Mom, The Micro-Financier


Ivonne prepping reports from home.

One of the little known facts about micro finance is that it is heavily dependent upon information technology.  Even though loan sizes are small the amount of transactions necessary to properly account for all of the transactions can, in the aggregate, easily exceed a million transactions a year for a given institution.  Recently I had the opportunity to work with Ivonne Balsecca. 

Ivonne, Martin, Washington, and Valentina

She works as an information systems engineer for the Fundacion Espoir, the MFI that I am currently working with as a Kiva Fellow. Fundacion Espoir specializes in providing group communal banking services to women.  Ivonne has been working with Espoir for a little over five years and works from home. She is married to Washington Sinchiguano who works as the chief of communication for the Fundacion.


A few years ago Ivonne’s daughter, Valentina, was born a few months pre-mature and was diagnosed with periventricular leukomalacia.  Valentina has had to attended therapy sessions ever since. Because of this the Fundacion Espoir worked with Ivonne during this period and was able to set it up so that Ivonne could telecommute to work.  This is a rarity in Ecuador.  She is very proud to work with an organization that exists to help women, including those who work within it.  Additionally, the therapy is paying off in a big way.  The doctors initially thought that Valentina would be bed ridden her entire life and would never be able to sit up or lift her head.  She now does both, with a smile on her face.
On the day that I arrived at Ivonne’s house to work with her I arrived at 10:45 in the morning to get to work.  My morning had been pretty easy.  Wake up at 8:00, go back to sleep, wake up at 8:30, get some coffee and clean up.  I was out the door at 10:00 to do our work. 

Ivonne had been up early to get her son ready for school and after dropping him of she took her daughter to her therapy session on the other side of town.  After the therapy session she then returned home to work with me on reporting borrower repayments into Kiva’s system. When I arrived her mother and sister were busy in the kitchen baking cakes for another sister’s upcoming baby shower.  With the aroma of baked goods in the air we sat down to work.  I watched as Ivonne deftly telecommuted into work and compiled a repayment report that was due to Kiva.  I say deftly because I was trying to keep up and take enough notes so that I could intelligently report back to the Kiva team in San Francisco on how the process worked on Ivonne’s end.  Needless to say I was like a sea anchor, I did nothing but slow her down.  Luckily, she slowed down and worked at my pace. 

Half way through the report her son and niece came home from school.  They arrived just in time for lunch.  She invited me to partake and I got to watch as her son played with his food and her niece stared at me suspiciously.  All the while Ivonne was answering my questions concerning the fundacion and life in general.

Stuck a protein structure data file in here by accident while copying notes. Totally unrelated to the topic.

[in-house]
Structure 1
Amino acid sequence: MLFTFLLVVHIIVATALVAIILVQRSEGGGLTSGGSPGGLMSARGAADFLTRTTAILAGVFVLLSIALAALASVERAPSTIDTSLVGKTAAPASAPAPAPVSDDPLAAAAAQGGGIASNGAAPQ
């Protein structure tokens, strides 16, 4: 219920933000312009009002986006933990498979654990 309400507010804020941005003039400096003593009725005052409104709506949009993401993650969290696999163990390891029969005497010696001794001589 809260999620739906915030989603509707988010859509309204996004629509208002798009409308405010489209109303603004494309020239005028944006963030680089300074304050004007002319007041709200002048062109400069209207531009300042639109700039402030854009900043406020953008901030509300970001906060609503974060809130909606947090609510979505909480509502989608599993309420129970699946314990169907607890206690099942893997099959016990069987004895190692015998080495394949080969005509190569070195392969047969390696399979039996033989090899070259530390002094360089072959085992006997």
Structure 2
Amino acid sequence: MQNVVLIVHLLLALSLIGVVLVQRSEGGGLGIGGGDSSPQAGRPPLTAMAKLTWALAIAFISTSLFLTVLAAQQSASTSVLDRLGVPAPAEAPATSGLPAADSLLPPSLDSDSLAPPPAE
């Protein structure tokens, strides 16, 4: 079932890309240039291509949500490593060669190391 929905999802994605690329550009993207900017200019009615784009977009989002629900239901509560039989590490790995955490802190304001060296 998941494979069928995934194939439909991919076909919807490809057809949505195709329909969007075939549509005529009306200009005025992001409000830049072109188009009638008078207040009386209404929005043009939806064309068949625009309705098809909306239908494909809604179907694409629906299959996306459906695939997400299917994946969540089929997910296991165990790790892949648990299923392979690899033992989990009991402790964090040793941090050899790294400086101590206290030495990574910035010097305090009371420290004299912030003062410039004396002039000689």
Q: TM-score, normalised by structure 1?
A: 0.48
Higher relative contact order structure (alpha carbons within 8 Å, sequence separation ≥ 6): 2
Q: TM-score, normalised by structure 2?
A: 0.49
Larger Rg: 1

Martin learning his alphabet while we Ivonne works.

Once lunch was finished her son, Martin, and niece began to play with a large alphabet puzzle on the ground next to us while we concluded the report due to kiva.  At about 3:30 I was done with my assignment and Ivonne graciously invited me to her sisters baby shower (which I am sure was due to the fact that every 15 minutes I commented on how good the cakes in the oven smelled).  I went on my merry way back home to finish up my report.
Ivonne went back to the kitchen to finish up the baking and getting her errands for the day done. She would also spend an additional two hours working with Valentina on her home therapies.   Later she would make dinner for her family, help with homework, and put her kids to bed.  After all that she spends three to four hours consolidating close out reports from 18 different branches so that the central database that Fundacion Espoir maintains is accurate.

Ivonne plays a key (yet unseen) role in providing micro-financing to the hard working women of Ecuador and helps maintain the integrity of the repayment process to Kiva lenders.  She is a mom and a micro-financier.

You can join the “Fans of Espoir” here or you can learn more about Fundacion at

About the author

Leo Della-Moretta

Leo Della-Moretta is a former Captain in the US Army where he served as an Infantry and Logistics Corps officer. He has lived in 10 countries on four continents, speaks Spanish fluently, an adequate amount of Italian, and basic French with a horrible accent. Leo attended college at the University of Kansas where he studied Political Science and International Studies. Upon graduation he entered the US Army and is a veteran of the wars in Iraq and Afghanistan and has served as a peacekeeper with the Multinational Force and Observers in Sinai, Egypt. In between his trips to the Middle East Leo lived in Europe where he grew to love smelly cheese and developed an aversion to ice in his drinks. He is interested to see how Kiva's capital distribution system can improve the economic security of people around the world and is particularly interested to see it's positive effects on women's empowerment. He will be attending an MBA program in Europe in the fall of 2013.